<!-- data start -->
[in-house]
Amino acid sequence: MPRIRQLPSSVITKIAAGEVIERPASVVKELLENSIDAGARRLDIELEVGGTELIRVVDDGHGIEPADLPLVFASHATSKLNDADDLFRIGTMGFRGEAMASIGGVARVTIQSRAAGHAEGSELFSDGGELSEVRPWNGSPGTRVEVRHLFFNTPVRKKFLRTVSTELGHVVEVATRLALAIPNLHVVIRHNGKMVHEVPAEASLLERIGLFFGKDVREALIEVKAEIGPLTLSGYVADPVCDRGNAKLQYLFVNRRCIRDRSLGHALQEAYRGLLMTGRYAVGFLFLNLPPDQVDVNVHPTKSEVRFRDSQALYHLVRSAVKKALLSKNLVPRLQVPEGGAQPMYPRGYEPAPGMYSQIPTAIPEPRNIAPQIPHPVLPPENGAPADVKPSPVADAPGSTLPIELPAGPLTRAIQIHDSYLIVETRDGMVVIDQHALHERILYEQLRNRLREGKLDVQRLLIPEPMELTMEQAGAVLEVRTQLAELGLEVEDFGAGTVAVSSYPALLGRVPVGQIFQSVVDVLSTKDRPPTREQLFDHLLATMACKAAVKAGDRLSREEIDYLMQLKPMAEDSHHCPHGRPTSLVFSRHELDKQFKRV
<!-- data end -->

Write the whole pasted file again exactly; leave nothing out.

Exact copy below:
[in-house]
Amino acid sequence: MPRIRQLPSSVITKIAAGEVIERPASVVKELLENSIDAGARRLDIELEVGGTELIRVVDDGHGIEPADLPLVFASHATSKLNDADDLFRIGTMGFRGEAMASIGGVARVTIQSRAAGHAEGSELFSDGGELSEVRPWNGSPGTRVEVRHLFFNTPVRKKFLRTVSTELGHVVEVATRLALAIPNLHVVIRHNGKMVHEVPAEASLLERIGLFFGKDVREALIEVKAEIGPLTLSGYVADPVCDRGNAKLQYLFVNRRCIRDRSLGHALQEAYRGLLMTGRYAVGFLFLNLPPDQVDVNVHPTKSEVRFRDSQALYHLVRSAVKKALLSKNLVPRLQVPEGGAQPMYPRGYEPAPGMYSQIPTAIPEPRNIAPQIPHPVLPPENGAPADVKPSPVADAPGSTLPIELPAGPLTRAIQIHDSYLIVETRDGMVVIDQHALHERILYEQLRNRLREGKLDVQRLLIPEPMELTMEQAGAVLEVRTQLAELGLEVEDFGAGTVAVSSYPALLGRVPVGQIFQSVVDVLSTKDRPPTREQLFDHLLATMACKAAVKAGDRLSREEIDYLMQLKPMAEDSHHCPHGRPTSLVFSRHELDKQFKRV